Multilinguals are people who use several languages in their everyday life.
Most people around the world are multilinguals, although awareness about
multilinguals has only recently stepped into the limelight wherever several
languages are used, from London and Amsterdam to New York and California.
Being a fresh focus of attention, multilinguals arouse attitudes which are
extremely diverse: some consider them gifted or unusually intelligent,
while others fear that they lack competence in any one language. This can
lead to conflicting advice about multilingual education, language policies,
and multilingualism itself at home, in school, and in speech-language clinics.
This is the first book which discusses, in lay terms, the reasons behind
the beliefs and myths traditionally associated with multilinguals. It is
written for the general public and is relevant for families, teachers, and
anyone who ever wondered about multilingualism. The style is light, often
witty, but founded on a thorough knowledge of solid academic research on
this subject. The book is abundantly illustrated and includes many cartoons.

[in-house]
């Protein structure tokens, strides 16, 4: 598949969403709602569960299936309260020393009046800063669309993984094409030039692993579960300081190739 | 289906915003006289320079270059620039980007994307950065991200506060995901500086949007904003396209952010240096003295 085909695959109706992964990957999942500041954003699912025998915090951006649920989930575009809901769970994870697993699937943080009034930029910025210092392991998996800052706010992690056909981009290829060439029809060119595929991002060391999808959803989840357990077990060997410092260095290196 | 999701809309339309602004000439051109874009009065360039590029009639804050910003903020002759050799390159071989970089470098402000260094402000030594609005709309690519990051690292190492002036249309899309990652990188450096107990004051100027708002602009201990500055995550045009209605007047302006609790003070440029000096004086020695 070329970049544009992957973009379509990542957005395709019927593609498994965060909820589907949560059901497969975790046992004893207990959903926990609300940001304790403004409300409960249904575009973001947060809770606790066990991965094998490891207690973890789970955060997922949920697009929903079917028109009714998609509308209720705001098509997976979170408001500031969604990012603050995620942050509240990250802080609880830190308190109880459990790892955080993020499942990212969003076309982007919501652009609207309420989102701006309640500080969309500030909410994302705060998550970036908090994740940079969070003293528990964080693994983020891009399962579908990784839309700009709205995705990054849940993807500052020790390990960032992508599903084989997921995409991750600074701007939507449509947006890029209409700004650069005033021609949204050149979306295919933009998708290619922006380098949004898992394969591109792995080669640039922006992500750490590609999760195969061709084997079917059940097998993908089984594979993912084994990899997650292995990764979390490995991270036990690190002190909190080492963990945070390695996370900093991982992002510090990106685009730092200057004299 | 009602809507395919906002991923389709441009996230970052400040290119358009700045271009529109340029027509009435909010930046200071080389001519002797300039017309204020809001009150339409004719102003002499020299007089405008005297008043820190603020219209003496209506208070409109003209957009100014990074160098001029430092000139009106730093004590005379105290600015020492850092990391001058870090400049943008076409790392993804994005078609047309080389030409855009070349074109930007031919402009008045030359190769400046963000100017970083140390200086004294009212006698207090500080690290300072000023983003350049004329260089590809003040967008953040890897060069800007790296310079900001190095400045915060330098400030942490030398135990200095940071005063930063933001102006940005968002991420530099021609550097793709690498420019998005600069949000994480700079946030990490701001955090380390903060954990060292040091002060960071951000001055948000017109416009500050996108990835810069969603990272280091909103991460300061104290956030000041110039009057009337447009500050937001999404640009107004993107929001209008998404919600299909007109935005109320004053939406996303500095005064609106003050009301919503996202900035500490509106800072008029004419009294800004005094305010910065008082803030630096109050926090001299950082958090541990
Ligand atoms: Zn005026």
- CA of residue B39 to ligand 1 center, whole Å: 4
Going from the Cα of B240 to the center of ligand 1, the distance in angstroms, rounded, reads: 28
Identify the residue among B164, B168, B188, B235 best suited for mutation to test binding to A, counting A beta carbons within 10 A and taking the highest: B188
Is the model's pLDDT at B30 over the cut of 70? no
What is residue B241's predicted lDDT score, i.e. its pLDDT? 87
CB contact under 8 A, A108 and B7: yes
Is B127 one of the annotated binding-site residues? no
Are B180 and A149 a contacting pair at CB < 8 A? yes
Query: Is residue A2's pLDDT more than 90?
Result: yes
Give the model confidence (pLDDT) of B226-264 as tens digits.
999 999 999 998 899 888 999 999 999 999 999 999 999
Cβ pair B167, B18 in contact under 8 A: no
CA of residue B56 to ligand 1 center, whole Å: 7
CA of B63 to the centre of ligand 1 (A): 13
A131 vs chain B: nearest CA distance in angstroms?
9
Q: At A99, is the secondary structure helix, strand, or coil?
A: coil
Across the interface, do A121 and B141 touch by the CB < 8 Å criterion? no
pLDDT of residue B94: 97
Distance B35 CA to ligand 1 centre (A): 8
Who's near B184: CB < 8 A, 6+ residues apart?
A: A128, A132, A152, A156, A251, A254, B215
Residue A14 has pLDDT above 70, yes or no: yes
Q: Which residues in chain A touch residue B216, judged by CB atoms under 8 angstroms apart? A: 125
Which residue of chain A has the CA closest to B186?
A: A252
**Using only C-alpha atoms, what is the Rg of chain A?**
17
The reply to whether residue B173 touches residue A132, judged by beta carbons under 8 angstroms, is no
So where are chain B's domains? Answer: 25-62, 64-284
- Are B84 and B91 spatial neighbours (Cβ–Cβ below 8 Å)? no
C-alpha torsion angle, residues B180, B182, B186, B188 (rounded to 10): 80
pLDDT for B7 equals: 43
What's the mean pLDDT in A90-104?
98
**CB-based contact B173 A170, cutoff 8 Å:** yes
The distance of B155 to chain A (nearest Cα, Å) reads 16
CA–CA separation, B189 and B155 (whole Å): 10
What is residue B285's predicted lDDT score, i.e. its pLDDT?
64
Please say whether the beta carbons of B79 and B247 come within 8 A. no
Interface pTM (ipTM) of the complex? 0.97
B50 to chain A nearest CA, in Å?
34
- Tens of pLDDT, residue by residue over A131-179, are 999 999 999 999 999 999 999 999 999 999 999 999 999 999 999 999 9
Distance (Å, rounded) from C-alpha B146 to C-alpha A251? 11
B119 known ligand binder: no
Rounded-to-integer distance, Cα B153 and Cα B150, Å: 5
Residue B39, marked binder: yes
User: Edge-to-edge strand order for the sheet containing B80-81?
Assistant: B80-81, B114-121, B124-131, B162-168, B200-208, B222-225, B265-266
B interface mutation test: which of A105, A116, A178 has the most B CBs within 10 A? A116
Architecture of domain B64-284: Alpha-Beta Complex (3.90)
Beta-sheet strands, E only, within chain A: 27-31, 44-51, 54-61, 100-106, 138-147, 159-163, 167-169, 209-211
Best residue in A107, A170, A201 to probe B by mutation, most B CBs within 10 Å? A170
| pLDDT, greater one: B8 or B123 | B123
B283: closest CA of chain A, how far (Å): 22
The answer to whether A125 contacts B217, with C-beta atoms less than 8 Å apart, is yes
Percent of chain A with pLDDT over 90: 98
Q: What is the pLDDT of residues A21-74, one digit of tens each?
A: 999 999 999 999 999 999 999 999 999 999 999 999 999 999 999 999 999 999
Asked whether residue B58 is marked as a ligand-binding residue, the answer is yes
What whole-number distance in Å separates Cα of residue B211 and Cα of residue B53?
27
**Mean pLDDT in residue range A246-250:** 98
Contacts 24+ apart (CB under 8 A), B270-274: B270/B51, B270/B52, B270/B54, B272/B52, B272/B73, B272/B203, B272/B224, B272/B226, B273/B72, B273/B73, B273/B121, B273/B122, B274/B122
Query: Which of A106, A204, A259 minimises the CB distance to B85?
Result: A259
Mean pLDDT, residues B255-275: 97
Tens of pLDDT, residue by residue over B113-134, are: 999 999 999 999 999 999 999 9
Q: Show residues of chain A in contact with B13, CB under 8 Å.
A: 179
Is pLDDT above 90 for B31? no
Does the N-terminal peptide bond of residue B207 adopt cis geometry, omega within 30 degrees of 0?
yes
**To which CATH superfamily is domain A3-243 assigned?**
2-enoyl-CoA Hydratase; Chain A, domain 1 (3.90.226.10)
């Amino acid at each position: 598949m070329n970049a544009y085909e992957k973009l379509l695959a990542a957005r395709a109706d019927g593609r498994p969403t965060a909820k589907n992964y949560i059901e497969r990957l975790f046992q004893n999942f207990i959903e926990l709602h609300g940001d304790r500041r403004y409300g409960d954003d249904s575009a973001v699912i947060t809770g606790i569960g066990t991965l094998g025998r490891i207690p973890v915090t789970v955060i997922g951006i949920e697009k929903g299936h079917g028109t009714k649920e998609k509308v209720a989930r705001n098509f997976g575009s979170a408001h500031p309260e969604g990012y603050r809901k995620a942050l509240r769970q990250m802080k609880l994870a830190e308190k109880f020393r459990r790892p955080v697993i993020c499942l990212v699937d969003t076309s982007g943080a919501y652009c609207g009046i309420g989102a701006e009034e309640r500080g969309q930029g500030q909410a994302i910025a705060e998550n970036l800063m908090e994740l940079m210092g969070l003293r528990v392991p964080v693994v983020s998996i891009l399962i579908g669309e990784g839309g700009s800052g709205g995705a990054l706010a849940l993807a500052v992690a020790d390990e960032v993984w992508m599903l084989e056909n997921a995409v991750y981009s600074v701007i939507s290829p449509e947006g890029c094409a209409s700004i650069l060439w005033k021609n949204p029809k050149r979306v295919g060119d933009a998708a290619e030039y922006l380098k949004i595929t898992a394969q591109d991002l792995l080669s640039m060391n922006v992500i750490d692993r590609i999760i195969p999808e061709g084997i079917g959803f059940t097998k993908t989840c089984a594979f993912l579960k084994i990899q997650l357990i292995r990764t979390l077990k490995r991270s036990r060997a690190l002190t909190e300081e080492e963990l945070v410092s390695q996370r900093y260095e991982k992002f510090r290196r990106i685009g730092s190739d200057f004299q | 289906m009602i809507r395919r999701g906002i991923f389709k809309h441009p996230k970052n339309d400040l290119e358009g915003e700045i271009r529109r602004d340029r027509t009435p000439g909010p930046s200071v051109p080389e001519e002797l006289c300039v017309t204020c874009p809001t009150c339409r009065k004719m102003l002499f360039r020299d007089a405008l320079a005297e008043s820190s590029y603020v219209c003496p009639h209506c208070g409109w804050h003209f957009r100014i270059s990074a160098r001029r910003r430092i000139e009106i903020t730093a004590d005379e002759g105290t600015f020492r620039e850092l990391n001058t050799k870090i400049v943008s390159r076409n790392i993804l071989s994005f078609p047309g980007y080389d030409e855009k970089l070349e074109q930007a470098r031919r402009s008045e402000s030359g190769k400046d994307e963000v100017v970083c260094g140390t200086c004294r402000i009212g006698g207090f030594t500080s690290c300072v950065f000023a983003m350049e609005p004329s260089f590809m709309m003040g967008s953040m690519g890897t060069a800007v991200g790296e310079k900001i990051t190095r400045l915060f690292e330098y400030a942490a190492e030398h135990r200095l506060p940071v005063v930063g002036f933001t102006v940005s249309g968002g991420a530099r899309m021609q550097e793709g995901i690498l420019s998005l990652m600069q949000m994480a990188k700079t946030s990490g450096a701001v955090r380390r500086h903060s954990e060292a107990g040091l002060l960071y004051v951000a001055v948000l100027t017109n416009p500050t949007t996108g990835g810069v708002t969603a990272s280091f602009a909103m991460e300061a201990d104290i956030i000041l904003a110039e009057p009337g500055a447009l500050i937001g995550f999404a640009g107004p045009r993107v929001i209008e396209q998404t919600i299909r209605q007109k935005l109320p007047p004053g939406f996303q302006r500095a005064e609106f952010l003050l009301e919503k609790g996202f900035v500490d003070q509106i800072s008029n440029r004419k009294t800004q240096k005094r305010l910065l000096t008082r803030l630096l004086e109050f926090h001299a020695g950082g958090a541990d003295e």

“This is a breath of fresh air in a field which desperately needs
ventilation. It blows away the myths and fantasies about multilingualism,
and puts in their place a perspective of sound common sense, grounded in
the daily experience of living a life in which several languages form a
natural part. For anyone who has ever been uncertain about multilingualism,
worried about it, or misrepresented it, this lively and accessible overview
is the perfect reality check.”
Professor David Crystal, author of The Cambridge Encyclopedia of Language.
“Madalena Cruz-Ferreira has crafted a down-to-earth, fun, accessible, and
highly informed treatise on multilingualism. The book addresses a wide
range of misconceptions about multilingualism in a humorous and
entertaining way, and should be required reading for teachers,
professionals, and the rest of us who work closely with groups and
individuals who use multiple languages!”
Professor Jeff MacSwan, Applied Linguistics, Arizona State University
Multilinguals are ...?
1. It’s a multilingual world, but multilinguals are the odd ones out
2. Multilinguals must have balanced languages, but one of them must be
3. Multilinguals must develop one main language, but that won’t let them
develop other languages
4. Multilinguals have no mother tongue, because they are not native
speakers of any language
5. Multilinguals can learn new languages easily, but only in childhood
6. Multilingual competence means erasing signs of multilingualism from the
speech of multilinguals
7. Multilinguals don’t have many languages, they have many half-languages
8. Becoming multilingual is both a drain and a strain on your brain
9. Growing up multilingual is no problem, provided you seek clinical
10. In order to raise multilingual children, you must speak to them in only
11. Multilingualism should be encouraged, but only in languages that matter
12. Multilinguals are multilinguals because they are gifted for languages
13. Multilingualism is a boon, but also a bane, or vice versa
What are we talking about, really??